Systematic reviews highlight studies that reflect actual clinical effectiveness in unselected patients and community practice settings. Effectiveness studies conducted in primary care or office-based settings use less stringent eligibility criteria, more often assess health outcomes, and have longer follow-up periods than most efficacy studies. The results of effectiveness studies are more applicable to the “average” patient than results from the highly selected populations in efficacy studies. Examples of effectiveness outcomes include quality of life, frequency or duration of hospitalizations, social function, and the ability to work. These outcomes are more important to patients, family, and care providers than surrogate or intermediate measures, such as scores based on psychometric scales.

Efficacy and effectiveness studies overlap. For example, a study might use very narrow inclusion criteria like an efficacy study, but, like an effectiveness study, might examine flexible dosing regimens, have a long follow-up period, and measure quality of life and functional outcomes. For this report we sought evidence about outcomes that are important to patients and would normally be considered appropriate for an effectiveness study. However, many of the studies that reported these outcomes were short-term and used strict inclusion criteria to select eligible patients. For these reasons, it was neither possible nor desirable to exclude evidence based on these characteristics. Labeling a study as either an efficacy or an effectiveness study, although convenient, is of limited value; it is more useful to consider whether the patient population, interventions, time frame, and outcomes are relevant to one’s practice or to a particular patient.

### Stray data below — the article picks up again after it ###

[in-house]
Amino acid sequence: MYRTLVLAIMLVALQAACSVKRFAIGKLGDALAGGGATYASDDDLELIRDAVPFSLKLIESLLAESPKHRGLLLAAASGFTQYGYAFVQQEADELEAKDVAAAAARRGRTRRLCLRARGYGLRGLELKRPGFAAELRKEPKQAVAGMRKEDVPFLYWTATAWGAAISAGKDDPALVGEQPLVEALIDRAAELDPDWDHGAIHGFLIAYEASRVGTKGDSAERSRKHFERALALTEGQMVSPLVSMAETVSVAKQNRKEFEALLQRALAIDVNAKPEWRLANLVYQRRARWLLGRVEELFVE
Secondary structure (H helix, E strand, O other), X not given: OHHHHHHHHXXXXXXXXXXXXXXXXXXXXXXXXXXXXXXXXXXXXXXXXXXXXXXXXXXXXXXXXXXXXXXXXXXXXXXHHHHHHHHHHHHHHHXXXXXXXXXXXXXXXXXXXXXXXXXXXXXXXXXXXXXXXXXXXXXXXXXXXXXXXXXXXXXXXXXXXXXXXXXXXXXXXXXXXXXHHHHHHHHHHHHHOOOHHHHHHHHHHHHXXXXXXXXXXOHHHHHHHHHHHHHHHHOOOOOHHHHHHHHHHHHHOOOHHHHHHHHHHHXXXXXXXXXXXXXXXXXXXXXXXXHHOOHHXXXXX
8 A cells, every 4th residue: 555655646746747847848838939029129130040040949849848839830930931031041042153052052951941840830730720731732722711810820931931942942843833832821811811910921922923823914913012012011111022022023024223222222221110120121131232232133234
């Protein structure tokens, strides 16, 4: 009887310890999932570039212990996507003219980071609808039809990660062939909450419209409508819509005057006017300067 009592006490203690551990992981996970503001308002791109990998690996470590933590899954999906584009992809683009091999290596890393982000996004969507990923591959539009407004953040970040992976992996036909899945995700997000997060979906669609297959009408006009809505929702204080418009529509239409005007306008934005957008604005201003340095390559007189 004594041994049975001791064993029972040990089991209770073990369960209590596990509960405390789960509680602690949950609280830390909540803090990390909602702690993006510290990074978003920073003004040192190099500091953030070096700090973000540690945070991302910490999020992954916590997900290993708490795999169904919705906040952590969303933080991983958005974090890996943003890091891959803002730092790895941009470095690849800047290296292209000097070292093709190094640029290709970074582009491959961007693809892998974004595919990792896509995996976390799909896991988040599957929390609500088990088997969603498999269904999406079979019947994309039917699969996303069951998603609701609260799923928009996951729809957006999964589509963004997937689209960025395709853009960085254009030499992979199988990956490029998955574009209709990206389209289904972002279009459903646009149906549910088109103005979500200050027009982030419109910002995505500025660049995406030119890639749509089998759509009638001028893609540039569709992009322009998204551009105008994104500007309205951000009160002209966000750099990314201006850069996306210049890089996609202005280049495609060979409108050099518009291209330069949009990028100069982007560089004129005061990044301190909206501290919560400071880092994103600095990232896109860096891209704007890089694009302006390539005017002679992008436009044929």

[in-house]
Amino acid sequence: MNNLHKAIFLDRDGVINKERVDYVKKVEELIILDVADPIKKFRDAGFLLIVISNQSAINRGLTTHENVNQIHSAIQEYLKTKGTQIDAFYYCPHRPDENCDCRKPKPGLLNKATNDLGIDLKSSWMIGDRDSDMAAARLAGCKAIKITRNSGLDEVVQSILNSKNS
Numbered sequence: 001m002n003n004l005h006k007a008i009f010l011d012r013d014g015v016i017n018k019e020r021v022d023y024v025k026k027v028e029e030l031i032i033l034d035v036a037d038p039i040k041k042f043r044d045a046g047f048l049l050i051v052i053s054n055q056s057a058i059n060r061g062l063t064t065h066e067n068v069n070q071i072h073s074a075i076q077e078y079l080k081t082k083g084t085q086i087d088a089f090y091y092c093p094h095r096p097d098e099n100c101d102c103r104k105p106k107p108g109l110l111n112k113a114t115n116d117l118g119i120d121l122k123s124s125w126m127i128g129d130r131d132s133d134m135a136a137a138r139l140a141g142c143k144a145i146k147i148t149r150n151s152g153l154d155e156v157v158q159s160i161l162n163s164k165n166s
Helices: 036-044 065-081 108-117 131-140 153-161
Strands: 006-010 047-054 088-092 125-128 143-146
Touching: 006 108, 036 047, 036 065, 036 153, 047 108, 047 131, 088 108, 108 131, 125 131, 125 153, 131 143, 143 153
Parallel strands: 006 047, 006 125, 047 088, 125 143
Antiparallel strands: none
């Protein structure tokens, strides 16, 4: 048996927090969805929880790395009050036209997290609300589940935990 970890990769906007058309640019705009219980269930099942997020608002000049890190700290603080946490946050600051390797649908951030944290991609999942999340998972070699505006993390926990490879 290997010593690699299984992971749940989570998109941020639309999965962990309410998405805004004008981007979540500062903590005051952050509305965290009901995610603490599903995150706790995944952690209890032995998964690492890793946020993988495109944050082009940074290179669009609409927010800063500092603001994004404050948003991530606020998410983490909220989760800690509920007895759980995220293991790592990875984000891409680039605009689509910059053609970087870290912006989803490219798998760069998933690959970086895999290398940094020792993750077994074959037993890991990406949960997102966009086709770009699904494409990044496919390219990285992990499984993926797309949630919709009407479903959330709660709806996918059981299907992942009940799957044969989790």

Studies anywhere on the continuum from efficacy to effectiveness can be useful in comparing the clinical value of different drugs. Effectiveness studies are more applicable to practice, but efficacy studies are a useful scientific standard for determining whether characteristics of different drugs are related to their effects on disease. Systematic reviews thoroughly cover the efficacy data in order to ensure that decision makers can assess the scope, quality, and relevance of the available data. This thoroughness is not intended to obscure the fact that efficacy data, no matter how large the quantity, may have limited applicability to practice. Clinicians can judge the relevance of studies’ results to their practice and should note where there are gaps in the available scientific information.